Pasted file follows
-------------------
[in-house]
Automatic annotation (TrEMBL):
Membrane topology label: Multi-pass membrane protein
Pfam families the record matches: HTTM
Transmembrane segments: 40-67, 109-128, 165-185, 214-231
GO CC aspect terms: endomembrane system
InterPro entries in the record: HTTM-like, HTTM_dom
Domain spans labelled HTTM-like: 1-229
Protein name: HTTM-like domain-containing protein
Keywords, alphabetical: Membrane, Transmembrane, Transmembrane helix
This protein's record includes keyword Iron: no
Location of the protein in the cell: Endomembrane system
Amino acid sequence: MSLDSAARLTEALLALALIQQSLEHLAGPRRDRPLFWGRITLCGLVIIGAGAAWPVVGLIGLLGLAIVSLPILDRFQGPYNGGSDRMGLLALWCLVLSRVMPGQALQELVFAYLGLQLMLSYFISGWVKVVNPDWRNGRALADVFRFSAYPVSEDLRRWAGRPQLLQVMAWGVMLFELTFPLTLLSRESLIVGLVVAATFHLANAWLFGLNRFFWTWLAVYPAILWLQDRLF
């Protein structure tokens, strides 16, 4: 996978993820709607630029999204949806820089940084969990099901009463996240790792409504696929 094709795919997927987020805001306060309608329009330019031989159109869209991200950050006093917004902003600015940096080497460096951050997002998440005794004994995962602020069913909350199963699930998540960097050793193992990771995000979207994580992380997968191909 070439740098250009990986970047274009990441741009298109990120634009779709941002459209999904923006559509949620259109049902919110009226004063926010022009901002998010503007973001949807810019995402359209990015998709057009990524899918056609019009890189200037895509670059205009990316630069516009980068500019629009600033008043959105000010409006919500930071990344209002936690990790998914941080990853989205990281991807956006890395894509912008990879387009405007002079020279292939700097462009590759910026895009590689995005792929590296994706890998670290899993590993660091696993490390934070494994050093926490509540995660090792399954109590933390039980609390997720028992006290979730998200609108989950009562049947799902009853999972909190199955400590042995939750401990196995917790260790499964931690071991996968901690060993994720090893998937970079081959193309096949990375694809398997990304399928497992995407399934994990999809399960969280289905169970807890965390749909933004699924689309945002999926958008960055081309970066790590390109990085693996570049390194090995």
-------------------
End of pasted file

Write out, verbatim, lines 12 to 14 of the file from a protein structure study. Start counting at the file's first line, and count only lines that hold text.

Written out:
Location of the protein in the cell: Endomembrane system
Amino acid sequence: MSLDSAARLTEALLALALIQQSLEHLAGPRRDRPLFWGRITLCGLVIIGAGAAWPVVGLIGLLGLAIVSLPILDRFQGPYNGGSDRMGLLALWCLVLSRVMPGQALQELVFAYLGLQLMLSYFISGWVKVVNPDWRNGRALADVFRFSAYPVSEDLRRWAGRPQLLQVMAWGVMLFELTFPLTLLSRESLIVGLVVAATFHLANAWLFGLNRFFWTWLAVYPAILWLQDRLF
């Protein structure tokens, strides 16, 4: 996978993820709607630029999204949806820089940084969990099901009463996240790792409504696929 094709795919997927987020805001306060309608329009330019031989159109869209991200950050006093917004902003600015940096080497460096951050997002998440005794004994995962602020069913909350199963699930998540960097050793193992990771995000979207994580992380997968191909 070439740098250009990986970047274009990441741009298109990120634009779709941002459209999904923006559509949620259109049902919110009226004063926010022009901002998010503007973001949807810019995402359209990015998709057009990524899918056609019009890189200037895509670059205009990316630069516009980068500019629009600033008043959105000010409006919500930071990344209002936690990790998914941080990853989205990281991807956006890395894509912008990879387009405007002079020279292939700097462009590759910026895009590689995005792929590296994706890998670290899993590993660091696993490390934070494994050093926490509540995660090792399954109590933390039980609390997720028992006290979730998200609108989950009562049947799902009853999972909190199955400590042995939750401990196995917790260790499964931690071991996968901690060993994720090893998937970079081959193309096949990375694809398997990304399928497992995407399934994990999809399960969280289905169970807890965390749909933004699924689309945002999926958008960055081309970066790590390109990085693996570049390194090995």